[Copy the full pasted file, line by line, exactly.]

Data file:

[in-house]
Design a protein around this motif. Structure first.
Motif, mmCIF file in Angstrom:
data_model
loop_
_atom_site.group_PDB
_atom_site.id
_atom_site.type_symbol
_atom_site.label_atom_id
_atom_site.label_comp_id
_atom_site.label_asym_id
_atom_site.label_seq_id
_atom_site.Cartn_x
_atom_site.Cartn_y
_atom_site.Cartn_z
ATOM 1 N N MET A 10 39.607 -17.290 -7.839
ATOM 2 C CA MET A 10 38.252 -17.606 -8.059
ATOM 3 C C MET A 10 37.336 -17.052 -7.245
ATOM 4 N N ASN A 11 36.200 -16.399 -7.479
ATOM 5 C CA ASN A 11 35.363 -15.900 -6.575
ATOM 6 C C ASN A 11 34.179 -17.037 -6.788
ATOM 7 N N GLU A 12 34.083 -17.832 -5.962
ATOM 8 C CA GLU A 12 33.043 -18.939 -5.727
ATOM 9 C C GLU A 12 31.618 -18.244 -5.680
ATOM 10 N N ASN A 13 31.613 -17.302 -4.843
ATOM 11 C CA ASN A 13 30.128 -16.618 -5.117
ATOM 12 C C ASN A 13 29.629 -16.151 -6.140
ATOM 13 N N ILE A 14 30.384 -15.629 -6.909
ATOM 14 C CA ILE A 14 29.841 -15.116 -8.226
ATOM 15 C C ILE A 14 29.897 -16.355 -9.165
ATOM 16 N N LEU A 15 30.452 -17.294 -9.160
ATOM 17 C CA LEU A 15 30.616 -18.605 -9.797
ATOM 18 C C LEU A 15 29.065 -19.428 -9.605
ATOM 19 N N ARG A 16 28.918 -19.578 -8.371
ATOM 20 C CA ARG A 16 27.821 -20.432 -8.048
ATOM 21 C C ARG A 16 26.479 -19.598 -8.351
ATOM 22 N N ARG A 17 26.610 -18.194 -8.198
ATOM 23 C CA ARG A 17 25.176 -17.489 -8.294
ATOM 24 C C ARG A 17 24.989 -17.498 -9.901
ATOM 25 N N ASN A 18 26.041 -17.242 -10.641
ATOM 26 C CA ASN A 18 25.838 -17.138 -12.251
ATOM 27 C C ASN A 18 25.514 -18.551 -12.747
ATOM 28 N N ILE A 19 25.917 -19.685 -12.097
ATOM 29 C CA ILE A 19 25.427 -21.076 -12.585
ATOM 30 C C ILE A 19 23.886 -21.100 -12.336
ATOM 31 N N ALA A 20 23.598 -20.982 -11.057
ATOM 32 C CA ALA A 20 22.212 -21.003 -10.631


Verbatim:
[in-house]
Design a protein around this motif. Structure first.
Motif, mmCIF file in Angstrom:
data_model
loop_
_atom_site.group_PDB
_atom_site.id
_atom_site.type_symbol
_atom_site.label_atom_id
_atom_site.label_comp_id
_atom_site.label_asym_id
_atom_site.label_seq_id
_atom_site.Cartn_x
_atom_site.Cartn_y
_atom_site.Cartn_z
ATOM 1 N N MET A 10 39.607 -17.290 -7.839
ATOM 2 C CA MET A 10 38.252 -17.606 -8.059
ATOM 3 C C MET A 10 37.336 -17.052 -7.245
ATOM 4 N N ASN A 11 36.200 -16.399 -7.479
ATOM 5 C CA ASN A 11 35.363 -15.900 -6.575
ATOM 6 C C ASN A 11 34.179 -17.037 -6.788
ATOM 7 N N GLU A 12 34.083 -17.832 -5.962
ATOM 8 C CA GLU A 12 33.043 -18.939 -5.727
ATOM 9 C C GLU A 12 31.618 -18.244 -5.680
ATOM 10 N N ASN A 13 31.613 -17.302 -4.843
ATOM 11 C CA ASN A 13 30.128 -16.618 -5.117
ATOM 12 C C ASN A 13 29.629 -16.151 -6.140
ATOM 13 N N ILE A 14 30.384 -15.629 -6.909
ATOM 14 C CA ILE A 14 29.841 -15.116 -8.226
ATOM 15 C C ILE A 14 29.897 -16.355 -9.165
ATOM 16 N N LEU A 15 30.452 -17.294 -9.160
ATOM 17 C CA LEU A 15 30.616 -18.605 -9.797
ATOM 18 C C LEU A 15 29.065 -19.428 -9.605
ATOM 19 N N ARG A 16 28.918 -19.578 -8.371
ATOM 20 C CA ARG A 16 27.821 -20.432 -8.048
ATOM 21 C C ARG A 16 26.479 -19.598 -8.351
ATOM 22 N N ARG A 17 26.610 -18.194 -8.198
ATOM 23 C CA ARG A 17 25.176 -17.489 -8.294
ATOM 24 C C ARG A 17 24.989 -17.498 -9.901
ATOM 25 N N ASN A 18 26.041 -17.242 -10.641
ATOM 26 C CA ASN A 18 25.838 -17.138 -12.251
ATOM 27 C C ASN A 18 25.514 -18.551 -12.747
ATOM 28 N N ILE A 19 25.917 -19.685 -12.097
ATOM 29 C CA ILE A 19 25.427 -21.076 -12.585
ATOM 30 C C ILE A 19 23.886 -21.100 -12.336
ATOM 31 N N ALA A 20 23.598 -20.982 -11.057
ATOM 32 C CA ALA A 20 22.212 -21.003 -10.631